Everyone gets flustered during an interview at some point. Don’t beat yourself up when it happens. You can prepare for these awkward situations to make them easier.
First, pay attention to when you start saying things like “um,” “you know,” and “like.” These words indicate you’re starting to babble and lose track of the conversation or idea. When this happens, it’s okay to pause, reset, and regain your presence.
Silence in a job interview is uncomfortable, but sometimes it’s necessary. After the interviewer asks a question, take a few seconds to process it before you reply. If you need more than a few seconds, ask the hiring manager for a moment and then focus on what you want to say before you start. If you still can’t figure out what to say, ask for clarification.
Sometimes intentional silence is helpful for eliciting more thoughtful and accurate responses and insight. Here are some ideas to help you avoid awkward pauses:
- Keep it short, clear, and simple. Less is more.
- When you’re silent, demonstrate active listening by nodding. Some psychologists suggest subtly mirroring the other person’s expression and body language can show receptivity.
- Stay on topic by asking for clarification or beginning a related thought.
Do Your Homework
Most of the time, people lack confidence because they don’t feel prepared. No one handles the unknown well. But by preparing for the job interview—practicing common questions and researching the role and position, for example—you’ll feel more confident about what you can handle.
There’s no such thing as being over-prepared. The more knowledge you have, the more confidence and control you’ll feel. The key is to delve beyond the surface level as much as possible.
Before your job interview:
- Read recent news articles and press releases from the company. Go back at least a few months.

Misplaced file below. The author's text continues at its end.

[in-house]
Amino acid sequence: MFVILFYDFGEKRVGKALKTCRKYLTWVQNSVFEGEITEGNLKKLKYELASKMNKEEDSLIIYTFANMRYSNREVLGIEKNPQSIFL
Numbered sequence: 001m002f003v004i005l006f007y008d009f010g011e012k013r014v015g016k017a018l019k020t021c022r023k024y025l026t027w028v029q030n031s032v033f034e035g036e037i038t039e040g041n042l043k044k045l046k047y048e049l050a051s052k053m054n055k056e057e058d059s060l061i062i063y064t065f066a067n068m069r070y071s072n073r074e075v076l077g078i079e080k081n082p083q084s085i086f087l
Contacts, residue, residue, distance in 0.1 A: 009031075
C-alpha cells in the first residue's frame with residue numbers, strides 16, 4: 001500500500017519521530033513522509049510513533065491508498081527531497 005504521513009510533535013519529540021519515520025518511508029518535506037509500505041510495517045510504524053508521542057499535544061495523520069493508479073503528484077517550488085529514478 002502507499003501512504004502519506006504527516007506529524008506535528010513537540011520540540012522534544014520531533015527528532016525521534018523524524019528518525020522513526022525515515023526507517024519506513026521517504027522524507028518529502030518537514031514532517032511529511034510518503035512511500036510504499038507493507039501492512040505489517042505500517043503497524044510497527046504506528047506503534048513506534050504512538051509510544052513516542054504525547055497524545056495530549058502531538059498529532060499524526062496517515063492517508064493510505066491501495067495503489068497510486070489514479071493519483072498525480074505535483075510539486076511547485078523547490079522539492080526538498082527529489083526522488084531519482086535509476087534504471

- Review the company’s latest financial report.
- Get to know the product. Download a free trial, watch a how-to video, read blogs, etc.
- Before the day of your appointment, ask your contact who you’ll interview with. Then research their work history, recent accomplishments, and academic background.
- Network with current employees via LinkedIn to get a better idea of the company’s values and culture.
- Prepare a list of questions to ask the interviewer.
- Map out your greatest strengths, weaknesses, and skills based on the job description to ensure you know how you fit with the company’s goals.
Interview With Confidence
Arrogance is not the same as confidence. Don’t be afraid to go into the interview feeling good about who you are and what you have to offer. Remember, they asked you to be there for the job interview, so they’re already willing to invest their time and attention.
Here are a few final thoughts to keep in mind before your next job interview:
- About 30% of hiring decisions are made in the first five minutes; 5% are made in the first 60 seconds. Make your introduction count!
- Plan what you want to tell the interviewer about yourself. This is how most interviews open, and it’s your chance to take control of the conversation and tell your story.
- Every situation, no matter how difficult, has a positive spin. Focus on being positive and highlight what you learned from a professional setback.
- Acknowledge your anxiety; don’t suppress it. You can be confident and anxious. By making peace with your anxiety, you can deal with it.
- Don’t worry about what you just said. The moment is over and done. Instead, focus on what comes next and try to use your body, voice, and words to make a positive impression.
Want more interview prep? Check out Ivy Exec’s executive coaching services and a jump-start on your career.